Monday, March 21, 2005

If you ever, change your mind

From Mark Kleiman, via Atrios, we have this:'s hard to credit the sincerity of people who throw around terms such as "murder" and "Dachau" when talking about Schiavo but make no objection to the Texas law, especially since the Texas law specifically lists "artificial nutrition and hydration" as among the services that can be discontinued.

Moreover, the law allows for (even if in the Hudson and and Nikolouzos cases it did not actually involve) the termination of life-sustaining treatment for patients with "irreversible" conditions (i.e., conditions from which they will not recover and which leave them unable to care for themselves) even if their higher brain functions are completely normal. Indeed, the law contemplates that a fully competent patient may be served by his health-care provider with a 10-day notice to find another provider or have his plug pulled;
it even provides that the patient has the right to attend the committee meeting at which his fate is to be decided. (Sec. 166.046) And the law provides no substantive guidance other than the provider's decision that the requested life-sustaining care would be "inappropriate."

So, if I read the Texas law correctly, it would allow for Terri Schiavo's feedling tube to be disconnected if her health care provider so decided, and if her family couldn't find another provider willing to take the case, even if her higher brain functions were entirely normal (rather than, as appears to be the case, entirely absent),
even if she were awake and asking to be allowed to live. So, I repeat, where's the outrage? If you think Terri Schiavo is being murdered, you think that George W. Bush signed a bill allowing murder in 1999, and that bill is still on the books. Perhaps Mr. Bush flew to the wrong capital on Sunday; some people in Austin seem to need instruction about the "presumption in favor of life."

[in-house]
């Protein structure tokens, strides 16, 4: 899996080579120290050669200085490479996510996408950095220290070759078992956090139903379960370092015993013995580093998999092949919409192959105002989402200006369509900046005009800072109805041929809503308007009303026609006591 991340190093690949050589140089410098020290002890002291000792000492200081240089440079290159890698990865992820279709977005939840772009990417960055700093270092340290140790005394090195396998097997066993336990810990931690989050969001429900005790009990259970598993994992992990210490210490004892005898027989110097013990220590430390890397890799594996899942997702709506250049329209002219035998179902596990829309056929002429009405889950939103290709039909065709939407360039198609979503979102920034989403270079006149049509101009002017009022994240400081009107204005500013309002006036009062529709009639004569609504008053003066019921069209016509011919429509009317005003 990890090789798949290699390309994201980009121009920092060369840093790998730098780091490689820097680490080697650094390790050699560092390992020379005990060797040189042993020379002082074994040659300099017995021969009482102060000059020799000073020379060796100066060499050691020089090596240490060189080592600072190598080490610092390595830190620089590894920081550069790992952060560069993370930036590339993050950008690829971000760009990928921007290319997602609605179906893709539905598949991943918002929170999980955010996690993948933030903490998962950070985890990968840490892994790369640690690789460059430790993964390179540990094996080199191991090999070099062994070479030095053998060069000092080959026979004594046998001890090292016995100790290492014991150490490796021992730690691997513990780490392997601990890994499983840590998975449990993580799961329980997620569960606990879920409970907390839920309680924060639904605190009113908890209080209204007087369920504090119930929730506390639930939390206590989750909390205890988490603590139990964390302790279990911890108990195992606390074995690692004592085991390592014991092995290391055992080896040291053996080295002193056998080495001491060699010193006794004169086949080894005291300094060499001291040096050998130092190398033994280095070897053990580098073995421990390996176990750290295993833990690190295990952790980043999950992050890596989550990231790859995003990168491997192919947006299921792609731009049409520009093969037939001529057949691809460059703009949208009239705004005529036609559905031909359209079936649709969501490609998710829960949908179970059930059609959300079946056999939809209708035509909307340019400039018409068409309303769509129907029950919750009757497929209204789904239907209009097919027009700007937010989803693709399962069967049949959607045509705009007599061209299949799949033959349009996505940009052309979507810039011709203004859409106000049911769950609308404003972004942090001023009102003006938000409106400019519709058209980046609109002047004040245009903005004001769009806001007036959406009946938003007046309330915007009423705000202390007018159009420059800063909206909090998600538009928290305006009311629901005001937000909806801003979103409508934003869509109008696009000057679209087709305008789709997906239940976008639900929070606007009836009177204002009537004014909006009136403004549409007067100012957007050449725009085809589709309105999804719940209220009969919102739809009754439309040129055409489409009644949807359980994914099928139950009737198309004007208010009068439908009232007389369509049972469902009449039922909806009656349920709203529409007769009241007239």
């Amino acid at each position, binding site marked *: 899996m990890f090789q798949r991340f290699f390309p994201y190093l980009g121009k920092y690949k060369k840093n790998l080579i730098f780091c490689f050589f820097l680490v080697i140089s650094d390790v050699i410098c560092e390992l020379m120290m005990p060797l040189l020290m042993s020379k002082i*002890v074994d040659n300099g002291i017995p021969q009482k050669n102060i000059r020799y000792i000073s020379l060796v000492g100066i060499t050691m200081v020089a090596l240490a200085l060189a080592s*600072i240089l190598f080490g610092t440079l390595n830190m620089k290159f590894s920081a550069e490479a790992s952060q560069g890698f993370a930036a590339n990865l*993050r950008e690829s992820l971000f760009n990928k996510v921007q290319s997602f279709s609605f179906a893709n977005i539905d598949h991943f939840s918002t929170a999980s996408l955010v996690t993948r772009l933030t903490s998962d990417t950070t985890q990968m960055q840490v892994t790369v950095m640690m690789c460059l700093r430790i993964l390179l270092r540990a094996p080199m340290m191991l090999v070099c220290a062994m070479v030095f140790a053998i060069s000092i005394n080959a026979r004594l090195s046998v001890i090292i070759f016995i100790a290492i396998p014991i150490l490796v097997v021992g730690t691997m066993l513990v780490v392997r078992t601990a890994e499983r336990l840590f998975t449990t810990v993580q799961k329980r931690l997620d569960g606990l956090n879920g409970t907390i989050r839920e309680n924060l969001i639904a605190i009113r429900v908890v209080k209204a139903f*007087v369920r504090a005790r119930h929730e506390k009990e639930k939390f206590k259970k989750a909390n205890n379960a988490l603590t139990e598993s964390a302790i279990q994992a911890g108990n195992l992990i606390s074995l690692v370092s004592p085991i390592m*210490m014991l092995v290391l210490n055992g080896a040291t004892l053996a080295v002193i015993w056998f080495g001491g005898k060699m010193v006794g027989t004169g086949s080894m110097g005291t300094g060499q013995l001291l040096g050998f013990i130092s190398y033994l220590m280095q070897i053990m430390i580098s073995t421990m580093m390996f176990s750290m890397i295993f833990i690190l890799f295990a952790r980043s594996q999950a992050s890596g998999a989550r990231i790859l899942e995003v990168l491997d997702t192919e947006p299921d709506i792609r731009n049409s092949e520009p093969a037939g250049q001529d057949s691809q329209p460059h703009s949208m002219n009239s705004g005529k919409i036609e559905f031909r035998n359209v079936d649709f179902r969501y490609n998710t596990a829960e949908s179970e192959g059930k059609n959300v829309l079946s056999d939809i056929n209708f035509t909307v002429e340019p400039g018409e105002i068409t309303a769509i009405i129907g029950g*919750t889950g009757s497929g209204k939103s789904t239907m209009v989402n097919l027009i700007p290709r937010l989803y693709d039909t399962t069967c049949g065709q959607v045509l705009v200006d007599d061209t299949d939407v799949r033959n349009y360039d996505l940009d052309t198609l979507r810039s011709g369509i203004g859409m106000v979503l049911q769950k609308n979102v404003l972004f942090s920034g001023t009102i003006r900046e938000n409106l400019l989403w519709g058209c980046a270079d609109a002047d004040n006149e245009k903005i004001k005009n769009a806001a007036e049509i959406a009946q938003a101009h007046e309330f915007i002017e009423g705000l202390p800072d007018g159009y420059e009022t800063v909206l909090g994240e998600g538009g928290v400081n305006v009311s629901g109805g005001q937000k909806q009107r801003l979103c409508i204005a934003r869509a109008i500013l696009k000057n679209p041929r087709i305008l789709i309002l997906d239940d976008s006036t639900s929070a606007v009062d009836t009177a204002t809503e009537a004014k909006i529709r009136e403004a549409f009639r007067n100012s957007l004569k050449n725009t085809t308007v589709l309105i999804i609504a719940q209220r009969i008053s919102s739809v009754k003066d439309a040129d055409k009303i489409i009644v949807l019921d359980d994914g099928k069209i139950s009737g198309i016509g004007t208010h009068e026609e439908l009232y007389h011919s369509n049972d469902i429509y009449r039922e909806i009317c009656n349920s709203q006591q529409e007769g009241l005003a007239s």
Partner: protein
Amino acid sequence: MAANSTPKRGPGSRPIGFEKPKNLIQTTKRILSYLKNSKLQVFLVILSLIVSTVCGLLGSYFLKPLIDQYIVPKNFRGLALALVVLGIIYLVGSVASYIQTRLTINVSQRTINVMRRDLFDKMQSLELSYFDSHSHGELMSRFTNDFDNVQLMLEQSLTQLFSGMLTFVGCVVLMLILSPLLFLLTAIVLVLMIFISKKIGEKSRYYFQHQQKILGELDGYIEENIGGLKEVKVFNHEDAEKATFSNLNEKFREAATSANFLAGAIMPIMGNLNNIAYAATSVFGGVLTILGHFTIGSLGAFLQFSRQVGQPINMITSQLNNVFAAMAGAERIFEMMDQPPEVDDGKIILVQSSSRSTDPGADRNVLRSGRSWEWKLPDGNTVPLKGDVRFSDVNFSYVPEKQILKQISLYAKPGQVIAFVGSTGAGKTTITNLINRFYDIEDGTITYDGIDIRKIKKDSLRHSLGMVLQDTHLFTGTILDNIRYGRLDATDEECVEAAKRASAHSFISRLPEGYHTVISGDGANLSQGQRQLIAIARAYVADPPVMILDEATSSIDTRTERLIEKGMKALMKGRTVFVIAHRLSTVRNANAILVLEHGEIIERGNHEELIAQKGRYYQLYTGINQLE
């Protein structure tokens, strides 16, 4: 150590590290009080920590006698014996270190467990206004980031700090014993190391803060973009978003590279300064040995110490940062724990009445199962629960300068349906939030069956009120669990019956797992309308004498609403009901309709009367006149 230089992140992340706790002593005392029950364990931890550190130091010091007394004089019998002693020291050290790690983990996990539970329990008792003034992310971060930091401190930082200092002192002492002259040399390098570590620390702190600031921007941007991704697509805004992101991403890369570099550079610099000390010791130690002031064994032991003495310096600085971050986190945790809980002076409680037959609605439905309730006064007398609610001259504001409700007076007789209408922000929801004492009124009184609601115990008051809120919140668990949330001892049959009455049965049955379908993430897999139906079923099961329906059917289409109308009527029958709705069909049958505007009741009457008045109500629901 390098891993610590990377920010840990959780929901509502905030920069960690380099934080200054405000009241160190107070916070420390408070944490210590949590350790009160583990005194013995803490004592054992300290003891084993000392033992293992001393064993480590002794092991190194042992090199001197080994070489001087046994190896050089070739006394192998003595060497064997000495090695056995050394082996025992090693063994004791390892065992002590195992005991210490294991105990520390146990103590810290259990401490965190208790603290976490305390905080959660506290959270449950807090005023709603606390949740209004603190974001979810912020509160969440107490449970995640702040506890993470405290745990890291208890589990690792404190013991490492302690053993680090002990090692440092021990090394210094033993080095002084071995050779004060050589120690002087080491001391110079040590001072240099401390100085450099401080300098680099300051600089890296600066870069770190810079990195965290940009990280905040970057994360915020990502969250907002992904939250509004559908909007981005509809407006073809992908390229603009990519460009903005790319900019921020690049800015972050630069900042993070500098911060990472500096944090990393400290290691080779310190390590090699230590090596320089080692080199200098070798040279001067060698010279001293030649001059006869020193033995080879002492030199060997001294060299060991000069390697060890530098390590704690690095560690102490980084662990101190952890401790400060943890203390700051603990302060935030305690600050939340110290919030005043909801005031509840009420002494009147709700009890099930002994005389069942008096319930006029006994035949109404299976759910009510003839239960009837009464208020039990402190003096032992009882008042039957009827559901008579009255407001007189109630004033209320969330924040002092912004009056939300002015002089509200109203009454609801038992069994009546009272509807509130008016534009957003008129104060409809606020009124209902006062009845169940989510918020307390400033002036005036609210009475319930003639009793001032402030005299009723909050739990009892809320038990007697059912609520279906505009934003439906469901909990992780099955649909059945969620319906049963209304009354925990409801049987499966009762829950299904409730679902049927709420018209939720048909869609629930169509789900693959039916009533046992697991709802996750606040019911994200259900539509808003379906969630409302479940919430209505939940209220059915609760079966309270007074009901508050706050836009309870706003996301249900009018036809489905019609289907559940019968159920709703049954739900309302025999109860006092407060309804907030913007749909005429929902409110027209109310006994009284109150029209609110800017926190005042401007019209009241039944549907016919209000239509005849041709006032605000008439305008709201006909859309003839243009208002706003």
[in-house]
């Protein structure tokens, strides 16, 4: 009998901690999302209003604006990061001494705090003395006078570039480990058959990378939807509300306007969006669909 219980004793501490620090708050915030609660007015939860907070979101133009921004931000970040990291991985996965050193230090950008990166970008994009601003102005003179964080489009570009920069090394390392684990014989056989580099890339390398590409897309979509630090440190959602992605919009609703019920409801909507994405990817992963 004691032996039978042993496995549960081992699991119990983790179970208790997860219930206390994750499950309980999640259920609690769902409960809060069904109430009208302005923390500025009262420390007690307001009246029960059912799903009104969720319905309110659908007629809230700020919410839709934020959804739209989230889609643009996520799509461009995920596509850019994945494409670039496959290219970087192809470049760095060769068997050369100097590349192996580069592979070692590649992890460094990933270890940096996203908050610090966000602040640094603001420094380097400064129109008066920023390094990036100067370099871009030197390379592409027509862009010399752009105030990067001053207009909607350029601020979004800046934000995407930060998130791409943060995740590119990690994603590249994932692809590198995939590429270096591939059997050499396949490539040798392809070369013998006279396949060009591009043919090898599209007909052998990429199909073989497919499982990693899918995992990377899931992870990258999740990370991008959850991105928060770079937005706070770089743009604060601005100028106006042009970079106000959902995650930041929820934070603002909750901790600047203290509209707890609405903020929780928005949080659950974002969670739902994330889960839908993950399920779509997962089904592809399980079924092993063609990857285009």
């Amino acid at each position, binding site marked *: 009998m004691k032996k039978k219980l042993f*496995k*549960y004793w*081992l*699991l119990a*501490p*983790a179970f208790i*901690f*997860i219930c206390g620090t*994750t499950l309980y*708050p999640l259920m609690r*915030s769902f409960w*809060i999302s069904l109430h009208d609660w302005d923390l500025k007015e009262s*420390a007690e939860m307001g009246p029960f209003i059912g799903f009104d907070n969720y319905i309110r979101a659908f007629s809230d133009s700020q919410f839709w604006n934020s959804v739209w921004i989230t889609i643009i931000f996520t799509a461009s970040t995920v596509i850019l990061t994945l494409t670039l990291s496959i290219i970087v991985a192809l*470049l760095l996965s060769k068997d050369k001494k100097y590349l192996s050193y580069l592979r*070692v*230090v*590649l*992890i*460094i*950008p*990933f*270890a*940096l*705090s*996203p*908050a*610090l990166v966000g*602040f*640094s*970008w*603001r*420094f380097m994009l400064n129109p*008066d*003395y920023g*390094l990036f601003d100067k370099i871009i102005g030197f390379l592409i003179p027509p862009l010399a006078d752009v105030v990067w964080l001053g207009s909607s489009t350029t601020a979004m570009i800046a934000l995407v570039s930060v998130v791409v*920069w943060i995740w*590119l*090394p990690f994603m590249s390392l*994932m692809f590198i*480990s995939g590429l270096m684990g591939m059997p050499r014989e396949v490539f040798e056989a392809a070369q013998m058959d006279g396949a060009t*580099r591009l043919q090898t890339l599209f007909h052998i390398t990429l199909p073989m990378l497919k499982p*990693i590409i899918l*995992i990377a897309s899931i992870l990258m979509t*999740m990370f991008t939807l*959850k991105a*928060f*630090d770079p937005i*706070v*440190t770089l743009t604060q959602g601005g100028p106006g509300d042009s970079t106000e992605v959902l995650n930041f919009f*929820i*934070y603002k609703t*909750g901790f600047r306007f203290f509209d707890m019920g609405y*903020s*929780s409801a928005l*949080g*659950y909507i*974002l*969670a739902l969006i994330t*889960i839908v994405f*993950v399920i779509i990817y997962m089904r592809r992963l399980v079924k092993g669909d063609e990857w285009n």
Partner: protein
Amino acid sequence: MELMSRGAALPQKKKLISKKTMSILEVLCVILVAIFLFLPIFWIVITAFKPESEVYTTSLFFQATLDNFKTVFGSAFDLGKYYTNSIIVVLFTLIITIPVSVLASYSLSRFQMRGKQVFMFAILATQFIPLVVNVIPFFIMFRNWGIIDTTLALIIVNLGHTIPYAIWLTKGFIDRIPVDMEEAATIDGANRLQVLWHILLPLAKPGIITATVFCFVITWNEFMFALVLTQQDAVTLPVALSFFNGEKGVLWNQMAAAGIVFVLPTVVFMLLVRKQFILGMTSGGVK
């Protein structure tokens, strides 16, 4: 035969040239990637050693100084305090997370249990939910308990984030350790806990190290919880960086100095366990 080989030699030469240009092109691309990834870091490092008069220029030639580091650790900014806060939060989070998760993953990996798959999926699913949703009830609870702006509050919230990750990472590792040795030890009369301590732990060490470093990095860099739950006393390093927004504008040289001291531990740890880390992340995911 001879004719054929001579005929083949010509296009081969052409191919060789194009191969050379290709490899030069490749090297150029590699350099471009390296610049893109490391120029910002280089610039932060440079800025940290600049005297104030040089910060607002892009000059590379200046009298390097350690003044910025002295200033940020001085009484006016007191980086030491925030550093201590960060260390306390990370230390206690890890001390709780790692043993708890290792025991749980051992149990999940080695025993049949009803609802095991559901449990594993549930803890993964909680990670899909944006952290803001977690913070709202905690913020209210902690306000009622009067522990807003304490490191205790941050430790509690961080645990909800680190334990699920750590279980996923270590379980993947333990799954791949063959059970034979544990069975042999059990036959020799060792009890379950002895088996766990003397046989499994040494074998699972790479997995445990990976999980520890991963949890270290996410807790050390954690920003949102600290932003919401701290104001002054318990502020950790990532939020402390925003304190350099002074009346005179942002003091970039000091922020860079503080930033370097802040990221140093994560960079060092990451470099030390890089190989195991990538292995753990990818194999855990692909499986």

So if it was OK for Texas, then why not for Florida? Inguiring minds want to know. Let's conjecture:

From Daily Kos, the political angle:

Democrat Bill Nelson should be the Dems' most vulnerable incumbent. Yet most top-tier Republicans in the state have their eyes set on the open governor's race. Rep. Mark Foley is being urged to run, but his public remarks hint at some reluctance. There's always Cruella, but Katherine Harris has underperformed the GOP vote in her own congressional district twice, and state Republicans fear she'd be a weak candidate.

From DCScoop, the other political angle:

This is an important moral issue and the pro-life base will be excited that the Senate is debating this important issue.

From the American people (via ABC News via ThinkProgress):

- 70% of Americans say it is inappropriate for Congress to involve itself in the Schiavo case.

- 67% of Americans “think the elected officials trying to keep Schiavo alive are doing so more for political advantage than out of concern for her or for the principles involved.” (Just 19% believe the elected officials are acting out of concern for her or their principles.)

- 58% of Republicans, 61% of independents and 63% of Democrats oppose federal government intervention in the case.

- 50% of evangelicals oppose federal government intervention in the case, just 44% approve of the intervention.

- 63% of Catholics and a plurality of evangelicals believe Schiavo’s feeding tube should be removed.

So what do the GOPers hope to gain? Everlasting gratitude? Political capitol? Everlasting life in Heaven? Maybe...

But in reality they will be finally seen as craven, calculated, pandering to the extremes, out of touch with the mainstream family and sanctity of marriage values, cynical, hypocritical, empty suits whose entire reason for existence is about power with a healthy dose of corruption.

This is the face of the Republican Party. It is the face of a monster.